Goliath grouper (Epinephelus itajara) is the largest member of the grouper family and the bane of offshore anglers and spearfishermen on Florida's west coast. Protected since 1990, these massive bottom dwellers can grow to be more than 7 feet long and weigh more than 800 pounds. Goliath grouper swim slowly, except when there is an injured fish in sight, then these monsters of the deep can move with astonishing speed. Many recreational anglers and divers blame these opportunistic predators for the downturn in local gag and red grouper stocks, and they want the goliath population culled. But it is unlikely federal fishery managers will open the season any time soon for this often-maligned and misunderstood species.
Twenty years ago goliath numbers crashed, causing federal officials to step in and ban the taking of these large grouper.
Spearfishermen were lucky to see one or two of these behemoths during the course a dive back then. But years of protection has helped the species rebound, and it is not uncommon to see as many as a dozen of these fish on some of the more popular shipwrecks off Tampa Bay, such as the Mexican Pride and the Gunsmoke.
Goliath grouper are now found throughout subtropical and tropical waters of the Gulf of Mexico, Atlantic Ocean and Caribbean Sea.
In some areas, including Boca Grande Pass where a deep channel runs close to shore, large goliath grouper can be found hanging around shallow-water docks and pilings. The juvenile of the species are frequently caught by inshore anglers, especially in remote areas such as the Florida Everglades.
Goliath grouper are opportunistic feeders that ambush prey. These fish can open and close their mouths rapidly, causing a change in water pressure, which allows them to literally suck in unsuspecting victims.
These sedentary lords of the deep feed primarily on crustaceans, stingrays and a variety of slow-moving finfish such as toadfish, filefish and catfish. Researchers say there is no evidence to suggest that these lumbering beasts will actively hunt and capture faster moving species.
But goliath grouper will eat what they can, including a hooked gag or snapper, even if it is just a few feet below the surface. On some of the more heavily visited wrecks, the sound of a spear gun being cocked will attract inquisitive goliath grouper.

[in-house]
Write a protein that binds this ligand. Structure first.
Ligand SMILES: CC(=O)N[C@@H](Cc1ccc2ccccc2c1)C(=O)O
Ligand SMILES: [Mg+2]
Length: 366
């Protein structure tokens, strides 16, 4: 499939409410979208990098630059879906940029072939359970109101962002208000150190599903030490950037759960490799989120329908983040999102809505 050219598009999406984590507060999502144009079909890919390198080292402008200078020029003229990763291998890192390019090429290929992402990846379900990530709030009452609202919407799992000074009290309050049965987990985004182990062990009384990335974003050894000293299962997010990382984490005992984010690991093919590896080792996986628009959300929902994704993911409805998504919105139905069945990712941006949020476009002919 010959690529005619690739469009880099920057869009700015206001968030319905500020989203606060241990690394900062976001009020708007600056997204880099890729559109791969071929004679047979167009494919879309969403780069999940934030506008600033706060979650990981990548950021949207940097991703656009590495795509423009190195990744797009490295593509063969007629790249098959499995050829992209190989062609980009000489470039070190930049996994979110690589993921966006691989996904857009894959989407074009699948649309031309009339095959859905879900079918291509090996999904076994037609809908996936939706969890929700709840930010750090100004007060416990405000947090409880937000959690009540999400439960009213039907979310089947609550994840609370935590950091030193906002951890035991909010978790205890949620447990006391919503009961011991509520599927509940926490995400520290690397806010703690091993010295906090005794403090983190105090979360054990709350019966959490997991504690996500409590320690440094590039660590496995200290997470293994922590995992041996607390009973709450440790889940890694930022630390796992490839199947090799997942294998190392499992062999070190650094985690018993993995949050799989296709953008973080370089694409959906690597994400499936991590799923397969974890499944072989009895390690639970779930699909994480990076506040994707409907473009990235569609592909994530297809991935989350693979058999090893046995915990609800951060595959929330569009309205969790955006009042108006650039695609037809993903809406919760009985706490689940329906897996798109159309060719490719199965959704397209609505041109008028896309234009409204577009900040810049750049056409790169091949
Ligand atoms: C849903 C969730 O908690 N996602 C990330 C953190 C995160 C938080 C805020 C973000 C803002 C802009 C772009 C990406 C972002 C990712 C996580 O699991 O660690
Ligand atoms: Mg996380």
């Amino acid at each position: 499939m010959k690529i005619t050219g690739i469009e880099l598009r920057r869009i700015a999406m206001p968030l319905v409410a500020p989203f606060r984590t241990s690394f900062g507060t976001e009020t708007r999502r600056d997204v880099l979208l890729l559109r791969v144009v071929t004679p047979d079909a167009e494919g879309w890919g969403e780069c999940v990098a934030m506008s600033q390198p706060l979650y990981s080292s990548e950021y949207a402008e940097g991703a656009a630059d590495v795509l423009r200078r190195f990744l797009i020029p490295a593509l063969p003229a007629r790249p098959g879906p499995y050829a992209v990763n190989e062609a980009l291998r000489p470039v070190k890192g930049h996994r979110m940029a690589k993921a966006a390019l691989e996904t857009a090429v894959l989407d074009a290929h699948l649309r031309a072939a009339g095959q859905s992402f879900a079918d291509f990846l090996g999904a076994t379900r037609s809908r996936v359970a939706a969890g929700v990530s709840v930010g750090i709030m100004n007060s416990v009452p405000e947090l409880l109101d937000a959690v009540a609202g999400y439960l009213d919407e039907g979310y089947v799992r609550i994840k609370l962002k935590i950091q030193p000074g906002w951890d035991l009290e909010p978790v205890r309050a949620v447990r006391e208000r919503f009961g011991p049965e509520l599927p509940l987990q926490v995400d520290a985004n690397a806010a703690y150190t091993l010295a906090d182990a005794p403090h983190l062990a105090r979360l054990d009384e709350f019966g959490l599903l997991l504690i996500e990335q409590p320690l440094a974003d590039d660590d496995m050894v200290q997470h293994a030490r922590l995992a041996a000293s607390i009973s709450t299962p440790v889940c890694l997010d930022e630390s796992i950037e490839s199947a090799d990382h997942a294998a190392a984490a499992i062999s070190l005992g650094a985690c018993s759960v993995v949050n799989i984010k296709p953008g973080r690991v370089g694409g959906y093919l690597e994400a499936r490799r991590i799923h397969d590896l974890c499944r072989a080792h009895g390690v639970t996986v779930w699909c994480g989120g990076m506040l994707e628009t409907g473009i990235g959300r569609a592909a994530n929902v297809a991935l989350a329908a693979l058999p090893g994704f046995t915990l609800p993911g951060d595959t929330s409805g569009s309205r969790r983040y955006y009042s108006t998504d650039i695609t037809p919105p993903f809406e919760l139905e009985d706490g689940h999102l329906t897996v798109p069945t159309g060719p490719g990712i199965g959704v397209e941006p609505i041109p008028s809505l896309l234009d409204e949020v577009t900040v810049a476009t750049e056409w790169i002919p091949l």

Goliath grouper live a relatively long time. Individual specimens have been documented at 37 years old, but it is suspected these fish may live well into their 40s. Goliath grouper aggregate when spawning, which makes them vulnerable to overfishing.
The species was decimated by overfishing in the 1980s, which prompted U.S. officials to protect the goliath grouper in 1990. Other governments around the Caribbean soon followed the United States' lead.
In the years that followed, goliath numbers improved dramatically. In 2006, a status report showed a "significant increase" in goliath grouper stocks, and as a result, the National Marine Fisheries Service removed the species from its species of concern list.
State researchers have also found the number of young goliath grouper found in nearshore waters has also increased, which is another sign of recovery.
But because goliath grouper remain a federally protected species, fishery managers cannot look at landings data to gauge the health of the fishery. Several research projects are currently under way by the NMFS, the Florida Fish and Wildlife Conservation Commission, the University of Florida and USF.
In the waters off Tampa Bay, independent contractors are diving local wrecks, ledges and artificial reefs to get an accurate picture of the goliath grouper population.
The project, led by Angela Collins of the FWC's Fish and Wildlife Research Institute in St. Petersburg, uses underwater video and lasers to assess the size and numbers of both individual fish and the overall grouper population.
When possible, individual fish are fitted with external identification tags that allows researchers to track their movement. Information gathered during this project will help fishery managers put together a stock assessment, due in 2013, which will determine whether these tackle busters will someday become fair game.
Sources: The National Marine Fisheries Service, Florida Fish and Wildlife Conservation Commission, Angela Collins of the FWC's Fish and Wildlife Research Institute